The most influential work of Jewish mysticism was, for centuries, shrouded in mystery.
Despite those linguistic peculiarities, at first glance the Zohar appears to be yet another collection of midrashim on the weekly Torah readings, organized around the notion of a traveling party of scholars, led by Simeon bar Yokhai, making their way around Palestine, stopping periodically to discuss passages from holy texts. And that is, in fact, what the book consists of. But these midrashim are unlike any others written before. They are steeped in the vocabulary of kabbalah, and interpret Torah in ways that are completely unlike, say, Midrash Rabbah [a major work of rabbinic commentary and exegesis].
The purpose of these interpretive speculations is quite different, too. As Fishbane says, “Recovering theosophical truths in the teachings of Torah, the mystics ascend exegetically into God.” The Zohar reads Torah in a way that turns that sacred text into a complex set of codes and keys to a higher reality. Torah is seen not merely as sacred text, as law, myth, and narrative, as a statement of love of Adonai (God); for Simeon and his companions—and the readers who travel with them in the book’s pages—Torah is part of the very essence of God, and to read Torah in their manner is to touch the wisdom and energy of the Eternal. Thus, Torah study becomes a form of elevated spirituality in itself, an intensification of the traditional importance of study of sacred text in Jewish practice.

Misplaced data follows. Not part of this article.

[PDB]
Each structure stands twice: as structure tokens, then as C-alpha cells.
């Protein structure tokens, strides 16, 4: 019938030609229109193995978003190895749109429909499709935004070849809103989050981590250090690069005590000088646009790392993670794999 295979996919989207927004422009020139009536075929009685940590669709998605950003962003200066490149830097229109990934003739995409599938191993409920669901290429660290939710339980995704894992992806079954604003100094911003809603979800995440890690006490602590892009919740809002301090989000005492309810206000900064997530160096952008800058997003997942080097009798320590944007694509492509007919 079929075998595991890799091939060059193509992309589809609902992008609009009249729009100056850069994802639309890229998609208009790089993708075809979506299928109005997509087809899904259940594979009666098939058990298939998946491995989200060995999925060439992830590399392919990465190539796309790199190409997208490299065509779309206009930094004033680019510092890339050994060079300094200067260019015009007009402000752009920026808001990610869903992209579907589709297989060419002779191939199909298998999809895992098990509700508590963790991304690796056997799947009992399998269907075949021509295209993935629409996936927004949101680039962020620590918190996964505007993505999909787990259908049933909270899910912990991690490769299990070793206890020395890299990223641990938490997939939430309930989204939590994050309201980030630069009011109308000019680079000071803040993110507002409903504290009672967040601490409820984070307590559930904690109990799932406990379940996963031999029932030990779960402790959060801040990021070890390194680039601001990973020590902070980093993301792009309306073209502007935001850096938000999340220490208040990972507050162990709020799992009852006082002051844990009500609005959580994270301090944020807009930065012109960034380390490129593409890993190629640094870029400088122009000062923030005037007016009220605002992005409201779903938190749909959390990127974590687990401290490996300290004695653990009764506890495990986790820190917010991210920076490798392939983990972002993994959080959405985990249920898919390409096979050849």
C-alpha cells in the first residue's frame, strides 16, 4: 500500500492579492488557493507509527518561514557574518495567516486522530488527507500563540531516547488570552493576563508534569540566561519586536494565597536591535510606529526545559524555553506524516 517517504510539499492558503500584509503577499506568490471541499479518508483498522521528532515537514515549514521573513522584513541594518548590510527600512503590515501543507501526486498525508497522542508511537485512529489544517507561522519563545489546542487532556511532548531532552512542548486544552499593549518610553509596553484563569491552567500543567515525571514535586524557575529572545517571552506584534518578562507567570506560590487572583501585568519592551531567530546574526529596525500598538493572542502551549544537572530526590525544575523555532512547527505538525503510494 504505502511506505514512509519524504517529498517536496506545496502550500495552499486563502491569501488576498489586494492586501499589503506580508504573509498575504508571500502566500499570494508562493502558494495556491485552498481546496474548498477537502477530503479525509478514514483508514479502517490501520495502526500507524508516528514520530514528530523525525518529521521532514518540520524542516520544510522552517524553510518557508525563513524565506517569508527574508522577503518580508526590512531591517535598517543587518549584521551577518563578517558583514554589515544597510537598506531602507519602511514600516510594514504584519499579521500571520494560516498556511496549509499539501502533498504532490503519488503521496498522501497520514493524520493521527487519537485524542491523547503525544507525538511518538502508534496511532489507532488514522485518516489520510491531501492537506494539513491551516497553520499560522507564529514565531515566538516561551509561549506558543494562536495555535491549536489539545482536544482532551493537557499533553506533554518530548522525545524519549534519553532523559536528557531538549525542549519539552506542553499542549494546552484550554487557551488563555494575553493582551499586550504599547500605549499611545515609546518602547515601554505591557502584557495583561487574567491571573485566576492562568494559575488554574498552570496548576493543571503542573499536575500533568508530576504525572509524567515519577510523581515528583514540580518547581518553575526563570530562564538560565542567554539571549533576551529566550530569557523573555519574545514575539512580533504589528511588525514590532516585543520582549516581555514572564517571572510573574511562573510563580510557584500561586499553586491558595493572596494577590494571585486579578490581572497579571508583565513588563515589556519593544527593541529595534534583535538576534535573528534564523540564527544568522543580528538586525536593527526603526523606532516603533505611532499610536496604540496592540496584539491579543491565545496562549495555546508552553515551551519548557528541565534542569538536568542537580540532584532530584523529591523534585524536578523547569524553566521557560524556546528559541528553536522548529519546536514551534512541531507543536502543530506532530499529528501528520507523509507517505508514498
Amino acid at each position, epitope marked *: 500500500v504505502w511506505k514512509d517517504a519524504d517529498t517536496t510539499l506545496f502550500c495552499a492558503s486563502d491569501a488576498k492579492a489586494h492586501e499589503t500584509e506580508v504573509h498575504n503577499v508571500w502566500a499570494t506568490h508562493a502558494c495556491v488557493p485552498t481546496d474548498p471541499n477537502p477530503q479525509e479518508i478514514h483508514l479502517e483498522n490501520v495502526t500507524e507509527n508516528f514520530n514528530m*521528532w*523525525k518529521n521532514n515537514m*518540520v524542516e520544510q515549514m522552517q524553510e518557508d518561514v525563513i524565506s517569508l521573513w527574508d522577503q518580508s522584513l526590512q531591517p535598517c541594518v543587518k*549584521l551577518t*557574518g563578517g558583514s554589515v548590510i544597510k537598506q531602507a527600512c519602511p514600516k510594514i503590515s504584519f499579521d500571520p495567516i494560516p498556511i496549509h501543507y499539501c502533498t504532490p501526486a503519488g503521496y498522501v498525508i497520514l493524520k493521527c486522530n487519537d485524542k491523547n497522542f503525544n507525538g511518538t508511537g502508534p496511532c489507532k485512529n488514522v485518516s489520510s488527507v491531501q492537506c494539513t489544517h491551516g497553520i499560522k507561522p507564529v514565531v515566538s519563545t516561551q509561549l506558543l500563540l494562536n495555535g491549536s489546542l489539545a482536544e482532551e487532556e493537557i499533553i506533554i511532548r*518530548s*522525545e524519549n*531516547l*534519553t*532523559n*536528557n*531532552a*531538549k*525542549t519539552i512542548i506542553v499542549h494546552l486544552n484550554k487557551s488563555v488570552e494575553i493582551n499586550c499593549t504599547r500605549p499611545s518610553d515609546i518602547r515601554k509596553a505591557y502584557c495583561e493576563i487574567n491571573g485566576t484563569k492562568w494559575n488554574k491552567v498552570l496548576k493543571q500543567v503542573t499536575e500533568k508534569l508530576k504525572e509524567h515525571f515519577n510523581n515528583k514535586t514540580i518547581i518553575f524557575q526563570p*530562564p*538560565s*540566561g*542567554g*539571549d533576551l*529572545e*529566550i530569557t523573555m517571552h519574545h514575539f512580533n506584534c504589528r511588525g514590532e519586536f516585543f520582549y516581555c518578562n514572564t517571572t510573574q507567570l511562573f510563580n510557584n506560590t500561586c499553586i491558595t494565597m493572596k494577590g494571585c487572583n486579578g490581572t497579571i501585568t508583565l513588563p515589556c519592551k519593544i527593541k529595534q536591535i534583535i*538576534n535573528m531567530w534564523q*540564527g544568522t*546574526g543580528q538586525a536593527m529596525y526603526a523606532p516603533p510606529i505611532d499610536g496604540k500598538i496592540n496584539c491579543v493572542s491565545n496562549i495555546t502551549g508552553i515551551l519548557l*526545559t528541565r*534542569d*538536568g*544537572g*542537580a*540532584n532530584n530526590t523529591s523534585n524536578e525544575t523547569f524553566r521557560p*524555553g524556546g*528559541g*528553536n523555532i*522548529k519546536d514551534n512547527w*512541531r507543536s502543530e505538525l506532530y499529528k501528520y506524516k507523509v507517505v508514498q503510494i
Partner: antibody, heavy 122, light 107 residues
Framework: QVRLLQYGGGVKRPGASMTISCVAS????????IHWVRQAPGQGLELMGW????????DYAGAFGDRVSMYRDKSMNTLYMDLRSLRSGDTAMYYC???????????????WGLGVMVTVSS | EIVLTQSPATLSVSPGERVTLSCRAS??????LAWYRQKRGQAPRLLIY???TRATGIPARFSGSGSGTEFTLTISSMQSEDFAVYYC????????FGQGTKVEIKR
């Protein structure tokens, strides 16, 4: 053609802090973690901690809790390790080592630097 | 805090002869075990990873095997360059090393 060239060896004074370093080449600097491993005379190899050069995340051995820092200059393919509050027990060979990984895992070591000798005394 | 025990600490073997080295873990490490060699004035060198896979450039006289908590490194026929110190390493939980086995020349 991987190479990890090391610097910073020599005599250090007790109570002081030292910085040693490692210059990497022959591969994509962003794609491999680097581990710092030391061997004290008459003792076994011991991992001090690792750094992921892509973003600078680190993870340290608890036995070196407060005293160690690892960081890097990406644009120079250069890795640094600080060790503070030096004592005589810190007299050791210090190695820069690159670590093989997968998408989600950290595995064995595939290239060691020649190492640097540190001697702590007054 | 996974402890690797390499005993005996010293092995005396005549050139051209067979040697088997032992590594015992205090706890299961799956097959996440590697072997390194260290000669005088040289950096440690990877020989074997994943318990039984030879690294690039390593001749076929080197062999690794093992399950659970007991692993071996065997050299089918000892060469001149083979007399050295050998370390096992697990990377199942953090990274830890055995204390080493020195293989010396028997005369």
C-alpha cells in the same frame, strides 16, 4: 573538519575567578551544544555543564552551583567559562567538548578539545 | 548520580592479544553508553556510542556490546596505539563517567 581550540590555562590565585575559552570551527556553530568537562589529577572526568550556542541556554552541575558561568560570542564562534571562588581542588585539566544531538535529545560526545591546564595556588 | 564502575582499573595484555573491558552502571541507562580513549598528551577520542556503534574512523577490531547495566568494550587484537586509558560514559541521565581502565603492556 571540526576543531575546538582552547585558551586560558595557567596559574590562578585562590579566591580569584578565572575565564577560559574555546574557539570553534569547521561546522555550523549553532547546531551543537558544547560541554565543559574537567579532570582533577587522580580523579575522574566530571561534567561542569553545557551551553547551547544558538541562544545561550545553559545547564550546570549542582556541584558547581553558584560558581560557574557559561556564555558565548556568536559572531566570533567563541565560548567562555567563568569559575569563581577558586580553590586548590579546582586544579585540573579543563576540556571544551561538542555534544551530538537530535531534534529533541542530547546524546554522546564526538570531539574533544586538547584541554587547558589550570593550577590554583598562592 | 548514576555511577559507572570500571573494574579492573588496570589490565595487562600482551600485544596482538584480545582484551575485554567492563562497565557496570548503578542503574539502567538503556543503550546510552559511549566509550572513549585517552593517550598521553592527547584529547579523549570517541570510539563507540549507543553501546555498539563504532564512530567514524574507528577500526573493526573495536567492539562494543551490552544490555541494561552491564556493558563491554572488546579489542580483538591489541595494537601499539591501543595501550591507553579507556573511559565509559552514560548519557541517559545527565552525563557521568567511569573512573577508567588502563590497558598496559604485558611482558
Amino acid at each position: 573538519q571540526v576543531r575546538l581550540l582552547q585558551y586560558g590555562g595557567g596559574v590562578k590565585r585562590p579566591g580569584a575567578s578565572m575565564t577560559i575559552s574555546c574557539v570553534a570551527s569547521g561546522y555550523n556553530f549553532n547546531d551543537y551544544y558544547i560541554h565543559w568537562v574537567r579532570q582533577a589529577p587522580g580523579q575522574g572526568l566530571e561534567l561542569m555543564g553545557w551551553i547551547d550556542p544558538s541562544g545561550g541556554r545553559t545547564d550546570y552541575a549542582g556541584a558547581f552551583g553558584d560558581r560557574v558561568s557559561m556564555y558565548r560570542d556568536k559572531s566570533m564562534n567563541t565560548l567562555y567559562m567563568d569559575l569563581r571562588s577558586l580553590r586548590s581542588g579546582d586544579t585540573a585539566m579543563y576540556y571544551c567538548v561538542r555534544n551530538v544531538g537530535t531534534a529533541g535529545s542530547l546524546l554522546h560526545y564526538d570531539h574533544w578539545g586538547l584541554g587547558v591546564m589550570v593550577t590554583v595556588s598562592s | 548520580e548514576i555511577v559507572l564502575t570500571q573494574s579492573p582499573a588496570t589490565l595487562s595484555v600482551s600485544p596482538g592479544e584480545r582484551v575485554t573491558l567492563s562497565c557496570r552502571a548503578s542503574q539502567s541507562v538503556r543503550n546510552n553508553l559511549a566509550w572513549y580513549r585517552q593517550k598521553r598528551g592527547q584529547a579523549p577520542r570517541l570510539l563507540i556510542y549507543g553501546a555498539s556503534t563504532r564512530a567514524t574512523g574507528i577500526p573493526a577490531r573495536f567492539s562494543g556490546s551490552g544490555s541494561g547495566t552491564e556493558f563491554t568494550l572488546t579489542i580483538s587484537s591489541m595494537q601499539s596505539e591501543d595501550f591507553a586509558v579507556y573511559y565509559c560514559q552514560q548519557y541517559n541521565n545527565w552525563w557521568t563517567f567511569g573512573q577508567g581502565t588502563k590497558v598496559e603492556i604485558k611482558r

Sefer ha-Zohar is the first work to fully enunciate an idea developing in mystical circles in Spain earlier that century, the Gnostic notion promoted by the Kohen brothers that there are a “left side” and a “right side” within the cosmos that are in constant struggle, with the former representing the satanic elements present within the Divine itself. The doctrine of the Ten Sefirot receives its most refined and fullest explication here as well.
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